While studying animal remains at sites in the Israeli Negev region that date back to the so-called Byzantine era from the 7th to 8th centuries CE, archaeologists have discovered crocodile bones along with skeletons of more typical domesticated cattle, sheep, and goats.
The main goal of the researchers from the University of Haifa was to learn more about the social and economic upheavals in the region that witnessed turbulent periods spanning the rise and fall of the Roman Empire and the emergence of Christianity and Islam. It is hoped that by examining the customs of settlers and nomads, researchers will gain a clue to better understanding their communities.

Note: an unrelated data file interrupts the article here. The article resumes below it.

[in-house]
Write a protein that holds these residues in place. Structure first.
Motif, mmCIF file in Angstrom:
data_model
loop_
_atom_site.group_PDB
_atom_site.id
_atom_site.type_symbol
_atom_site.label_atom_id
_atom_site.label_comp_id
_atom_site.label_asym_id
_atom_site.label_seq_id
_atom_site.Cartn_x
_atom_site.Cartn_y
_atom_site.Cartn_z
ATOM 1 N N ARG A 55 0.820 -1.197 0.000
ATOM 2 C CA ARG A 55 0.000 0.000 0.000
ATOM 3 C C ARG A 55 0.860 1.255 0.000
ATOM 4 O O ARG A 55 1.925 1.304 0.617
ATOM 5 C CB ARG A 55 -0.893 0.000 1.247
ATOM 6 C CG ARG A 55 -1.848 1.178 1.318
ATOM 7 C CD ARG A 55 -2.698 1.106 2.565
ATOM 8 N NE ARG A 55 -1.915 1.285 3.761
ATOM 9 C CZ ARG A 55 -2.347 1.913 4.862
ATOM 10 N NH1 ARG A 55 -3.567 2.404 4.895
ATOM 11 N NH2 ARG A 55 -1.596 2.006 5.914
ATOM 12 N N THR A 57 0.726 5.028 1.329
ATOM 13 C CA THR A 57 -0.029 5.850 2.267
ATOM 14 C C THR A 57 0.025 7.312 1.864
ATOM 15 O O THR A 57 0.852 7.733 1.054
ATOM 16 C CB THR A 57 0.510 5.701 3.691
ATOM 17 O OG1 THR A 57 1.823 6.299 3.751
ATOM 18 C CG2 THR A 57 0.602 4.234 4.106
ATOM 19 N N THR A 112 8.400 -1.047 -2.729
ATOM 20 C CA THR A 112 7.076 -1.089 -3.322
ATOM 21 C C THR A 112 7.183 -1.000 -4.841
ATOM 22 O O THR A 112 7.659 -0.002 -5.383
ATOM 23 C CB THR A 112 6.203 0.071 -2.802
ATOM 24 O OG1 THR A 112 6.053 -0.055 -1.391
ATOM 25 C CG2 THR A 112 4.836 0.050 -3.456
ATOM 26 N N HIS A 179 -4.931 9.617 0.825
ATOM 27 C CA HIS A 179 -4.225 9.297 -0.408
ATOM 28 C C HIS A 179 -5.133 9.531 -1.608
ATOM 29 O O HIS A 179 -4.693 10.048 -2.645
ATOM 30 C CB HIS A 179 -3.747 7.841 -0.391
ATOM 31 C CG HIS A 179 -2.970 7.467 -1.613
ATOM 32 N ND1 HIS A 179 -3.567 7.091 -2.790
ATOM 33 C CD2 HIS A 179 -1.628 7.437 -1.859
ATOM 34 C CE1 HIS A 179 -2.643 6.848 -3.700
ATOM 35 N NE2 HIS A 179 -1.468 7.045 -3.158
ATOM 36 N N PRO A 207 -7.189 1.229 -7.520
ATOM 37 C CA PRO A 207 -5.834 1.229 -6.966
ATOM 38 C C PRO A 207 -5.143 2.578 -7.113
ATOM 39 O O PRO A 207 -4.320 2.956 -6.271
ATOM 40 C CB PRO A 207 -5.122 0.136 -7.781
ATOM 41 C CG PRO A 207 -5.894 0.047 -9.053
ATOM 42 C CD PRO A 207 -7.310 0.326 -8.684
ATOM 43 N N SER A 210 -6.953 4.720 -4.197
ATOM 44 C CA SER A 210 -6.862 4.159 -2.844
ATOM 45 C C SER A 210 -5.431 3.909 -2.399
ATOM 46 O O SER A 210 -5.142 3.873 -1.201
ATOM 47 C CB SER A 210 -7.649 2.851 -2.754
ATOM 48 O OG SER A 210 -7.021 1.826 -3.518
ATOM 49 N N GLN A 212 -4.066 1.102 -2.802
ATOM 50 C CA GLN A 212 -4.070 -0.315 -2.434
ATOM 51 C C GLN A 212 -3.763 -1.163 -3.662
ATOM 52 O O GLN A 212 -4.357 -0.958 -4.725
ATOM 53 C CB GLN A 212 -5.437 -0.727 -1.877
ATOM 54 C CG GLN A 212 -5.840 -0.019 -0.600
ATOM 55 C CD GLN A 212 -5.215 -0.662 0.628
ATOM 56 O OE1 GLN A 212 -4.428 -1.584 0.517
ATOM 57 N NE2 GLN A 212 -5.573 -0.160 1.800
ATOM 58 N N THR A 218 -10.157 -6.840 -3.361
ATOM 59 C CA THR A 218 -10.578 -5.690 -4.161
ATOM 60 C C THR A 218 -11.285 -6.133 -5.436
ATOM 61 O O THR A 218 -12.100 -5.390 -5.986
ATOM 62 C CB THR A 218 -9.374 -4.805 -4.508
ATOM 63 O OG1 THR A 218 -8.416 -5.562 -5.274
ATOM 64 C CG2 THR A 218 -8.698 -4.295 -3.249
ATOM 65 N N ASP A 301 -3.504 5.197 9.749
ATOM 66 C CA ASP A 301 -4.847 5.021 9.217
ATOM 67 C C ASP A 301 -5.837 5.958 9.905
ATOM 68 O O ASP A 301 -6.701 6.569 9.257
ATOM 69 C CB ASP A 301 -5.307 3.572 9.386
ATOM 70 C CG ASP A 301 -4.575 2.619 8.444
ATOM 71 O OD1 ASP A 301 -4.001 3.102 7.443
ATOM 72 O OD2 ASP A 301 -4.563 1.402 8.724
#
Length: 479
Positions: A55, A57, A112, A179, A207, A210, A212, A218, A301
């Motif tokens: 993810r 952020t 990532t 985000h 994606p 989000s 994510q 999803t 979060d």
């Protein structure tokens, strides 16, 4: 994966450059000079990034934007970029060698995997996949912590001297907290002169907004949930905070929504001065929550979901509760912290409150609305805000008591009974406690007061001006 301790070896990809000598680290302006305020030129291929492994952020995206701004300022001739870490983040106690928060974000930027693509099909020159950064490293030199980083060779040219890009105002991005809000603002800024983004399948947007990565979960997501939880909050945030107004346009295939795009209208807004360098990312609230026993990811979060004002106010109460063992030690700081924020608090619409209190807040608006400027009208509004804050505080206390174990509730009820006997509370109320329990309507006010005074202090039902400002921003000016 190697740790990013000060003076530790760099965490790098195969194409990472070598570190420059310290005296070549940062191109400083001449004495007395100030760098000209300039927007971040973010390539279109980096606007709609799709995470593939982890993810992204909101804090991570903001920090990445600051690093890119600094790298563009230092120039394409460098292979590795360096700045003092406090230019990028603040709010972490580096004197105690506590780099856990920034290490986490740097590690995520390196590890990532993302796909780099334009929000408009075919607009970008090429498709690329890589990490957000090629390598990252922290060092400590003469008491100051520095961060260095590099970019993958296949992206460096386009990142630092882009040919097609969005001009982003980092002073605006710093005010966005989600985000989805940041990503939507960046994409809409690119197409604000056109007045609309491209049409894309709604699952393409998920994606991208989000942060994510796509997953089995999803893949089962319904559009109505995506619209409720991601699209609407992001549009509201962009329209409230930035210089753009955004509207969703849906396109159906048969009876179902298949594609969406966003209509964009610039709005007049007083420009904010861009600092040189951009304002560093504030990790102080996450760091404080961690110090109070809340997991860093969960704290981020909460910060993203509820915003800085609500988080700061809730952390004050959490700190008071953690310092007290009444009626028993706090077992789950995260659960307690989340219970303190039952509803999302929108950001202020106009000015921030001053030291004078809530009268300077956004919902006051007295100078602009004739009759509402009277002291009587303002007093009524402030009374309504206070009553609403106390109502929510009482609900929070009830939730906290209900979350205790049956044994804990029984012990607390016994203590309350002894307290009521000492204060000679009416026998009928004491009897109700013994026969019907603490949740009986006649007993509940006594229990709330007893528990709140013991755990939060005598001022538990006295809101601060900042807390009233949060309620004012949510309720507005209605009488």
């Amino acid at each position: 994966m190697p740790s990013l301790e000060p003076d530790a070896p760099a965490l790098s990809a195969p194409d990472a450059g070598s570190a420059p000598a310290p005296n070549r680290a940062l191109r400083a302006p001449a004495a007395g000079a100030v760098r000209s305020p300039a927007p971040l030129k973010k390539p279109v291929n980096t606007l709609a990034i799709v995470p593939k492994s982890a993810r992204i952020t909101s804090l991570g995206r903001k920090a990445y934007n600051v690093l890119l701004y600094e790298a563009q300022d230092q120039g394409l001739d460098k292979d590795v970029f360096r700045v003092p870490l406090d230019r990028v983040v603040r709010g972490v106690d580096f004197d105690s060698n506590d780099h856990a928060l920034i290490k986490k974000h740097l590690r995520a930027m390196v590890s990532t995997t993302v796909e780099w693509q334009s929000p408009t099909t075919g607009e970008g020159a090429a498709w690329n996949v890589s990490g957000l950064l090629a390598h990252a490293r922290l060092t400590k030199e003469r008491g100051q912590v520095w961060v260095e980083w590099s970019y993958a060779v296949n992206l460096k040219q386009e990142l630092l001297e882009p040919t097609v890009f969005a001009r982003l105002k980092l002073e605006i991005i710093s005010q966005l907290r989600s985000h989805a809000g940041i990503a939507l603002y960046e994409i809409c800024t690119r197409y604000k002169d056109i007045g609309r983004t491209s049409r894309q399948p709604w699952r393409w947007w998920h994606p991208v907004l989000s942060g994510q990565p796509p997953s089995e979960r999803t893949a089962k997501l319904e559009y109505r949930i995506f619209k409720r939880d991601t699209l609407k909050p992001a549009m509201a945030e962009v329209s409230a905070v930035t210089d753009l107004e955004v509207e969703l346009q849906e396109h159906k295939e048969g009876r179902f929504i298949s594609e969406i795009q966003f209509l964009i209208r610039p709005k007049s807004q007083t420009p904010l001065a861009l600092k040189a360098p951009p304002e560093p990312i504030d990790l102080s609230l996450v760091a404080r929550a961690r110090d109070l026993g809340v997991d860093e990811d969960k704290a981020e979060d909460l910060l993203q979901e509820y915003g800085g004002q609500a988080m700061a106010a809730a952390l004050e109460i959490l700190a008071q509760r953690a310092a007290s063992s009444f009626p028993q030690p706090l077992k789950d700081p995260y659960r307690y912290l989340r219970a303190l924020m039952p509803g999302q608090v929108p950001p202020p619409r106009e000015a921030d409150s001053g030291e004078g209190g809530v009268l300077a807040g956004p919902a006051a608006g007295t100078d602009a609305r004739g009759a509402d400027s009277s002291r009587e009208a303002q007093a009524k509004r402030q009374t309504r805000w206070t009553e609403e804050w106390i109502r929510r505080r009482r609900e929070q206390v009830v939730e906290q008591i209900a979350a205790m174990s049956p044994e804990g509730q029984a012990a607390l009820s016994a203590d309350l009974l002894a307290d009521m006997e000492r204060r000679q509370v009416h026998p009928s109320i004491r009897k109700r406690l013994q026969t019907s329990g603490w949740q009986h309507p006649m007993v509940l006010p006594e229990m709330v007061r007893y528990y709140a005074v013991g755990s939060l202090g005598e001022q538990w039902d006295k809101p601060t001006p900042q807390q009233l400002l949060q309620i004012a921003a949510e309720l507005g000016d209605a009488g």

According to the article, published in Scientific Reports, the team concluded that the discovered crocodile and sea turtle bones point to these animals being imported to the region. As the researchers noted in their report, the creatures, widely-worshipped in Egypt until Roman times, were supplied to Rome and kept there in special pools.
According to the researchers, some legionnaires adopted the crocodile cults, as earlier findings, including a piece of late Roman parade armour made from reptile skin, may suggest. Some Egyptian texts also refer to roasted crocodiles as “a most dainty dish”, meaning that reptile meat was also in demand. However, the nature of the discovery made at one of the Negev sites suggests that it was not the meat that the ancient inhabitants might have been after.
“The presence in Shivta of a dermal plate rather than a meat-bearing skeletal element may hint at the use of a skin, rather than meat of the animal. Its possible meaning cannot be ascertained and could have ranged from an exotic/expensive status marker to ritual paraphernalia”, the article concludes.